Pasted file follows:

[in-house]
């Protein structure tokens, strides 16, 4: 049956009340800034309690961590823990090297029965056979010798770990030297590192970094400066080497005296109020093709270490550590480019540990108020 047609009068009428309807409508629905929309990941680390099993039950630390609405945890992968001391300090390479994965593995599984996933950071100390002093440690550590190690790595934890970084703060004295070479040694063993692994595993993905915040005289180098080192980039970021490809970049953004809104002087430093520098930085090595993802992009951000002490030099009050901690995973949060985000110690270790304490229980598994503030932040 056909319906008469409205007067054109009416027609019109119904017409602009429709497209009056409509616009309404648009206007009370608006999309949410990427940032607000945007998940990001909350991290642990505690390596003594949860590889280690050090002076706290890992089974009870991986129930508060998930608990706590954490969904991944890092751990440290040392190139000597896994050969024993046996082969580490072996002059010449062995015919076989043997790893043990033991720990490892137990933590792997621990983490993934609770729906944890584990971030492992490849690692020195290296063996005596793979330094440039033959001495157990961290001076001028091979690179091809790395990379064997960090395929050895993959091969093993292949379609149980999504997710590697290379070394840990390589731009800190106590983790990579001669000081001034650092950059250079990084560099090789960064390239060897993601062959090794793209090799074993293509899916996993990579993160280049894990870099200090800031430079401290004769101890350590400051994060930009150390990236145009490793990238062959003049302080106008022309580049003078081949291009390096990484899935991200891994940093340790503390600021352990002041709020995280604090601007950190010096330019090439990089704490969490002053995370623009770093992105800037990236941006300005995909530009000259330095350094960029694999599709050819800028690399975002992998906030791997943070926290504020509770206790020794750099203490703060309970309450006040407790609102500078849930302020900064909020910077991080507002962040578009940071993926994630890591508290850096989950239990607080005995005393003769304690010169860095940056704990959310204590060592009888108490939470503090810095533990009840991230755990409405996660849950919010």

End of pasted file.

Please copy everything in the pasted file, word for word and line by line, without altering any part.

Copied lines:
[in-house]
């Protein structure tokens, strides 16, 4: 049956009340800034309690961590823990090297029965056979010798770990030297590192970094400066080497005296109020093709270490550590480019540990108020 047609009068009428309807409508629905929309990941680390099993039950630390609405945890992968001391300090390479994965593995599984996933950071100390002093440690550590190690790595934890970084703060004295070479040694063993692994595993993905915040005289180098080192980039970021490809970049953004809104002087430093520098930085090595993802992009951000002490030099009050901690995973949060985000110690270790304490229980598994503030932040 056909319906008469409205007067054109009416027609019109119904017409602009429709497209009056409509616009309404648009206007009370608006999309949410990427940032607000945007998940990001909350991290642990505690390596003594949860590889280690050090002076706290890992089974009870991986129930508060998930608990706590954490969904991944890092751990440290040392190139000597896994050969024993046996082969580490072996002059010449062995015919076989043997790893043990033991720990490892137990933590792997621990983490993934609770729906944890584990971030492992490849690692020195290296063996005596793979330094440039033959001495157990961290001076001028091979690179091809790395990379064997960090395929050895993959091969093993292949379609149980999504997710590697290379070394840990390589731009800190106590983790990579001669000081001034650092950059250079990084560099090789960064390239060897993601062959090794793209090799074993293509899916996993990579993160280049894990870099200090800031430079401290004769101890350590400051994060930009150390990236145009490793990238062959003049302080106008022309580049003078081949291009390096990484899935991200891994940093340790503390600021352990002041709020995280604090601007950190010096330019090439990089704490969490002053995370623009770093992105800037990236941006300005995909530009000259330095350094960029694999599709050819800028690399975002992998906030791997943070926290504020509770206790020794750099203490703060309970309450006040407790609102500078849930302020900064909020910077991080507002962040578009940071993926994630890591508290850096989950239990607080005995005393003769304690010169860095940056704990959310204590060592009888108490939470503090810095533990009840991230755990409405996660849950919010």